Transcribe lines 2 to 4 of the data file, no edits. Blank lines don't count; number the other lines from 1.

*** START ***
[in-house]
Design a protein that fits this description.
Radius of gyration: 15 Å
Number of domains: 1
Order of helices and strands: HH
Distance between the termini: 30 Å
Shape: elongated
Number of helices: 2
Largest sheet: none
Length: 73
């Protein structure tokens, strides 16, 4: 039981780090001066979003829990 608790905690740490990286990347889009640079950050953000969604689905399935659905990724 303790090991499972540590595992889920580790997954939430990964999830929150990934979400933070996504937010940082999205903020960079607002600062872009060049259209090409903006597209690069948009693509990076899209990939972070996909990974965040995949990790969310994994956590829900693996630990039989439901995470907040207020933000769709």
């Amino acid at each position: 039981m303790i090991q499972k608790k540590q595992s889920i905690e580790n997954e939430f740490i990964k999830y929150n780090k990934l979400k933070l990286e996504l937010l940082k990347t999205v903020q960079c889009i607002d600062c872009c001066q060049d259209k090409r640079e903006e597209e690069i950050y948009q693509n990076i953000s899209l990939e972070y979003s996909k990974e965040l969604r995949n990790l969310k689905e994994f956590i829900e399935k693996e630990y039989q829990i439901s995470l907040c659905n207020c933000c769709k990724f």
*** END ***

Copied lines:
Design a protein that fits this description.
Radius of gyration: 15 Å
Number of domains: 1